Effect of pH and temperature on the biodegradation of oxytetracycline, streptomycin, and validamycin A in soil
Applied Biological Chemistry volume 66, Article number: 63 (2023)
Residual antibiotics in agricultural soils can be of concern due to the development of antibiotic resistant microorganisms. Among various antibiotics, oxytetracycline (OTC), streptomycin (ST), and validamycin A (VA) have been used for agricultural purposes in South Korea; however, studies on the biodegradation of these antibiotics in soil are limited. Therefore, this study investigated the effects of pH (5.5, 6.8, and 7.4) and temperature (1.8, 23.0, and 31.2 °C) conditions on the biodegradation of these antibiotics in soil. The biodegradation tests were carried out in the field soil (FS) and rice paddy soil (RS) for 30 d with OTC and ST and 10 d with VA, and the residual antibiotics concentrations were monitored over the degradation period. Under various conditions, the degradation rates of ST was lower (11–69%) than that of OTC (60–90%) and VA (15–96%). The degradation half-lives of OTC and VA tend to decrease with increasing pH value, while the degradation half-life of ST tend to increase with increasing pH value. But, the effect of soil pH on the antibiotics degradation was not statistically significant, except for ST in the FS and RS and VA in the FS. The degradation of three antibiotics was greater at higher temperatures (23.0 °C and 31.2 °C) than at lower temperature (1.8 °C), and the degradation half-lives decreased with increasing temperature. The different degradation characteristics of different antibiotics in soil can be explained by the different characteristics of the antibiotics (e.g., sorption affinity, chemical forms) and soil (e.g., organic matter content). The results suggest that the degradation characteristics of antibiotics need to be considered in order to properly manage the residual antibiotics in soil.
Various antibiotics have been used in agricultural and livestock industries and their uses have been continuously increasing . Among various antibiotics, tetracycline antibiotics [e.g., tetracycline, oxytetracycline (OTC)] and aminoglycoside antibiotics [e.g., streptomycin (ST), validamycin A (VA)] are commonly used antibiotics. In South Korea, tetracycline antibiotics are the most used antibiotics and OTC is the most used antibiotic among the different tetracycline antibiotics . The increasing uses of antibiotics are of concern because of the development of antibiotic resistant microorganisms and antibiotic resistance genes in the environment [3, 4]. When antibiotics are introduced to the soil environment through various routes, they can have adverse effects on soil organisms including crops grown in soil . The residual antibiotics in the soil environment can be degraded by natural processes such as photodegradation and biodegradation [6, 7]. In a previous study, a faster degradation of OTC in the OTC-contaminated soil was observed when irradiated with light . Also, in the presence of light, the half-life of the ST was reduced from 40.8 min in the absence of a catalyst (i.e., TiO2) to 4.6 min in the presence of TiO2 .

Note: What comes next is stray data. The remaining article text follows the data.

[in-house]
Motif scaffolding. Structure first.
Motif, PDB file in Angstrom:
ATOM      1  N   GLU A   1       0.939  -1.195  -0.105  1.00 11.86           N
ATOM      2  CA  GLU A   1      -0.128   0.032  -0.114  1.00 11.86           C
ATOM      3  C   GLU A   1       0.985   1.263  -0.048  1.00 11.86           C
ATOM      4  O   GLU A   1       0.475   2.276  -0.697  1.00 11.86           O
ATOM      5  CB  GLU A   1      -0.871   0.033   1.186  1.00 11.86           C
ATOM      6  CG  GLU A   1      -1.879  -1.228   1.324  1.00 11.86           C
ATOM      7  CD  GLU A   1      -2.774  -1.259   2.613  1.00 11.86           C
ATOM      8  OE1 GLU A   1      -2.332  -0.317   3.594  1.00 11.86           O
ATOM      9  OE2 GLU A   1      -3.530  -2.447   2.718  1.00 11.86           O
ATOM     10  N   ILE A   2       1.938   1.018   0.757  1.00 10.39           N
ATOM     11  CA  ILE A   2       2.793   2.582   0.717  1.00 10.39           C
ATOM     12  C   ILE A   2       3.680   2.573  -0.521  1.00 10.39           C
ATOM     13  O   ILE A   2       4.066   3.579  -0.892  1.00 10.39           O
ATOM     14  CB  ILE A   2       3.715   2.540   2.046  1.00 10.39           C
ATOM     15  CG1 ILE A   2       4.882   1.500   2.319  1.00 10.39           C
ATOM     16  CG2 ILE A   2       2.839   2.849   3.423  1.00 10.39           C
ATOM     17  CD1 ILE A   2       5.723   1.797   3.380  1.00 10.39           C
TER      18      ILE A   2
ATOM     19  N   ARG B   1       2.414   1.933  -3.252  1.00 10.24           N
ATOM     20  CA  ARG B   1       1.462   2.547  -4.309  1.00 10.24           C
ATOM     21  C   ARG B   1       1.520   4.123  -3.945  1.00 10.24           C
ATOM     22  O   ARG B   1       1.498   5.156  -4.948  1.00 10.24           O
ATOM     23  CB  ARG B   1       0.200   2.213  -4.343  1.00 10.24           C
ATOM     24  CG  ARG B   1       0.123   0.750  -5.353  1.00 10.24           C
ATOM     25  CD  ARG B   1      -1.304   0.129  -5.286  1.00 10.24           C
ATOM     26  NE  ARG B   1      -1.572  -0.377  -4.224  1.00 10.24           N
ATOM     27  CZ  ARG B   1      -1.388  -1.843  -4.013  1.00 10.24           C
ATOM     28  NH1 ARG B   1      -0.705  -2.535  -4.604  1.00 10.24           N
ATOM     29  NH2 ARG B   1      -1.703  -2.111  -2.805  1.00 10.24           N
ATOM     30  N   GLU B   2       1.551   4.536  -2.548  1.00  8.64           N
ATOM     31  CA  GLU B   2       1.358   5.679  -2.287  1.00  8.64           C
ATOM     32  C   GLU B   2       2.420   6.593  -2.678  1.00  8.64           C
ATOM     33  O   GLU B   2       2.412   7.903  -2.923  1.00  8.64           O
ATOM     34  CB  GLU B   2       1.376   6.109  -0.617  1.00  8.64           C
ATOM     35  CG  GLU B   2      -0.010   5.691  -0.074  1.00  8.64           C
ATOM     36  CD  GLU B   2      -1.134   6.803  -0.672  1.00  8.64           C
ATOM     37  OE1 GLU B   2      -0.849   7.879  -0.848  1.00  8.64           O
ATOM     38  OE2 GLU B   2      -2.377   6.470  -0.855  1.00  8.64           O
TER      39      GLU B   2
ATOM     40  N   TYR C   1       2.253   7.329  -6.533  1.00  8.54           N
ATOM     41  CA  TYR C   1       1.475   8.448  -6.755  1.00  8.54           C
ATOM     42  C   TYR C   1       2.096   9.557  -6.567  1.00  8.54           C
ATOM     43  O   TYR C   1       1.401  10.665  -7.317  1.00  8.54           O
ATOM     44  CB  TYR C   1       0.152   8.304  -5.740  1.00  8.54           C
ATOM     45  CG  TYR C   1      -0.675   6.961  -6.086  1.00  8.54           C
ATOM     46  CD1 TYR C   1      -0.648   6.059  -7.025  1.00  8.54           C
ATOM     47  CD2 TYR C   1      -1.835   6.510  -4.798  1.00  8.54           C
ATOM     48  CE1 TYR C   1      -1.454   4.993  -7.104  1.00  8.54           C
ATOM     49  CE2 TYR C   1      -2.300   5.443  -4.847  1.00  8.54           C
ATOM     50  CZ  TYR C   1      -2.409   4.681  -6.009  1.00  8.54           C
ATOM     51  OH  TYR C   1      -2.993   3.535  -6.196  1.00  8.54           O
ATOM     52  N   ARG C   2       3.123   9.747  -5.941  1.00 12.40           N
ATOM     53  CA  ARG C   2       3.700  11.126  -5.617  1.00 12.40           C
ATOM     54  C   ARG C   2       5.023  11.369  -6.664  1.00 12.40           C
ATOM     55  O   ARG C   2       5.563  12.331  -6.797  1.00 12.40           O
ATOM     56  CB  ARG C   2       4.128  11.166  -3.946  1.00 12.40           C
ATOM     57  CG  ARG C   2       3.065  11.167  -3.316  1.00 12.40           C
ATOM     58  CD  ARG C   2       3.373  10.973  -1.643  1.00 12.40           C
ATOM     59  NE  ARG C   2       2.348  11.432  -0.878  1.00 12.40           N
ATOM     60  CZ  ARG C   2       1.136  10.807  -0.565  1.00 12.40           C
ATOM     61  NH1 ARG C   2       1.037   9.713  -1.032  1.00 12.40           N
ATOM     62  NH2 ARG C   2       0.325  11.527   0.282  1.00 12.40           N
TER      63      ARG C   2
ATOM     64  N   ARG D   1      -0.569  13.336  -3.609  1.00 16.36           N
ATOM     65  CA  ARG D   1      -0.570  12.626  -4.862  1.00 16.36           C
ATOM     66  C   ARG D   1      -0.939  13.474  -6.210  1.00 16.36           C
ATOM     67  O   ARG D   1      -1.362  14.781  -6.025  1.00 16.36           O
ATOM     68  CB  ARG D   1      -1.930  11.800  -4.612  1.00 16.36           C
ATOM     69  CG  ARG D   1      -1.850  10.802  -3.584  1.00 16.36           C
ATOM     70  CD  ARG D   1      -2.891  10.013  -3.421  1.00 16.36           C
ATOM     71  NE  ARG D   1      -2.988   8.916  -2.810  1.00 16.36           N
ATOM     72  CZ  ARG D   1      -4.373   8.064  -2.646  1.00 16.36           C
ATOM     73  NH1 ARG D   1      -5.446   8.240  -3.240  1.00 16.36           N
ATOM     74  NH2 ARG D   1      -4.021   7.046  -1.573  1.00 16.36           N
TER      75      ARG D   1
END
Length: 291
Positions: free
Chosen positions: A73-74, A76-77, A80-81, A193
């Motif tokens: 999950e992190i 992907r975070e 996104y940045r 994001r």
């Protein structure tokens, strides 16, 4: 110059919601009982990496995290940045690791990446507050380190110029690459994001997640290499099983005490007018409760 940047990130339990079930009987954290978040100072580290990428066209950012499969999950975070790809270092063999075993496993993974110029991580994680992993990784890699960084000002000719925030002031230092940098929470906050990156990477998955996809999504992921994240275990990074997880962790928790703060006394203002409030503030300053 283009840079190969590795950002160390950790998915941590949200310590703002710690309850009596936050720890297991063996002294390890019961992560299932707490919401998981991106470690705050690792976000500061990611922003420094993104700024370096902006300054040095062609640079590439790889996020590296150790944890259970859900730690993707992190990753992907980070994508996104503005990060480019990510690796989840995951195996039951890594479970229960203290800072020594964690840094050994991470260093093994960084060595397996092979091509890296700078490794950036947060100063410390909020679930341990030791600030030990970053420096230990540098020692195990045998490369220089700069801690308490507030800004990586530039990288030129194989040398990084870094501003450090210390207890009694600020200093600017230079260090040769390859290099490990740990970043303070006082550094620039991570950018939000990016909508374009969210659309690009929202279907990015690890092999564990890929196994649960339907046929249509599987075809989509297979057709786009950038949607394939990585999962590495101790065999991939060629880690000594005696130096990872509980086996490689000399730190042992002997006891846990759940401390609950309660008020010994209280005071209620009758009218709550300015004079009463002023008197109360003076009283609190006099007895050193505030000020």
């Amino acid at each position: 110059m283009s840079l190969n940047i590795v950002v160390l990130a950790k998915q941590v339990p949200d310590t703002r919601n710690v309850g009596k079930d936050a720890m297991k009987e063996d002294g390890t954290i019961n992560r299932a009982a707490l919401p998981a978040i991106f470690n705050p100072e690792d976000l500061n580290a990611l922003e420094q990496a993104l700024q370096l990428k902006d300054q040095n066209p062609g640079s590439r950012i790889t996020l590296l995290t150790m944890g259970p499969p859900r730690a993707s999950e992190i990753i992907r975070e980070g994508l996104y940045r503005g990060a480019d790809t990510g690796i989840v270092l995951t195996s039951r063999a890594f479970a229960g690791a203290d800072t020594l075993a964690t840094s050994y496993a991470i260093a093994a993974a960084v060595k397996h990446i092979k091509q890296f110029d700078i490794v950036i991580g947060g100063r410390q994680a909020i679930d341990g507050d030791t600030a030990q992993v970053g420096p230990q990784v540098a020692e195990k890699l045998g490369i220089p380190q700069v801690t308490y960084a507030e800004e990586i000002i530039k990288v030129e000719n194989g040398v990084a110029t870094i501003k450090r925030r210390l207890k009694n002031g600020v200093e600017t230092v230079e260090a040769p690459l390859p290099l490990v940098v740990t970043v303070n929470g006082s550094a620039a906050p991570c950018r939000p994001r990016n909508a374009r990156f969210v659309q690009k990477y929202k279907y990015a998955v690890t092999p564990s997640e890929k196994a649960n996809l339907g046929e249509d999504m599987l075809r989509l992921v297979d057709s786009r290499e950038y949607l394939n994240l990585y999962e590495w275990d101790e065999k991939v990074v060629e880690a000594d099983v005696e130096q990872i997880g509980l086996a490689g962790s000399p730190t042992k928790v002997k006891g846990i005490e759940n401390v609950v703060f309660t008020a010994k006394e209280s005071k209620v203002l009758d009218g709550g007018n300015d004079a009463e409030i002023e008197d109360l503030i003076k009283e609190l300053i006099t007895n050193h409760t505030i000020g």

The biodegradation of antibiotics in the soil environment can be affected by various environmental factors such as chemical structure of antibiotics, properties of antibiotics, and soil properties (e.g., pH, temperature, texture, organic carbon content) [4, 8]. For example, the biodegradation half-lives of erythromycin under aerobic and anaerobic conditions were 6.4 d and 11.0 d, respectively . Also, the biodegradation half-lives of deltamethrin in soil with different soil textures were different (i.e., 71.9 d for sandy soil, 68.8 d for sandy loam soil, 86.4 d for silty loam soil, and 105.3 d for silty soil) , The biodegradation half-life of sulfamethoxazole in soil was also affected by temperature (i.e., 20.69 d at 7.5 °C and 4.31 d at 25 °C) . The biodegradation half-lives of OTC in soil were also affected by how the antibiotics were introduced to the soil . When OTC was added to soil by applying the manure containing antibiotics, the half-life was 12.81 d, but the half-life was increased to 16.66 d when OTC was added to soil by spiking the antibiotic-free animal manure with OTC and to 18.89 d when OTC was directly added to soil . The increased pH, electrical conductivity, enzyme activity, biomass carbon, and biomass nitrogen with the addition of manure can partially explain the faster OTC degradation in soil . Furthermore, the biodegradation of antibiotics in soil can be affected by the presence of antibiotics-degrading bacteria [10, 13]. The degradation of sulfachloropyridine in soil was faster in the unsterilized soil than in the sterilized soil, suggesting that the main mechanism of the sulfachloropyridine removal was biodegradation . Also, the degradation of deltamethrin by naturally occurring indigenous microorganisms in soil was slower than that in the soil bioaugmented with the deltamethrin-degrading bacteria .
Among various antibiotics, OTC, ST, and VA are registered as agricultural antibiotics that can be used to crops in South Korea. Previous studies on the degradation of OTC focused mostly on the photodegradation of antibiotics under different environmental conditions (e.g., initial concentration, pH, dissolved organic matter, NO3−, carbonate, biocarbonate) [14,15,16]. Previous studies on the degradation of ST and VA in soil, in particular, biodegradation of ST and VA is limited to isolation of ST- or VA-degrading microorganisms [17,18,19]. Thus, there is a lack of information on the biodegradation characteristics (i.e., half-lives) of OTC, ST, and VA in soil under different environmental conditions, while such information is important for proper management antibiotics in soil. Therefore, this study is set to investigate the biodegradation of OTC, ST, and VA in soil under different pH and temperature conditions.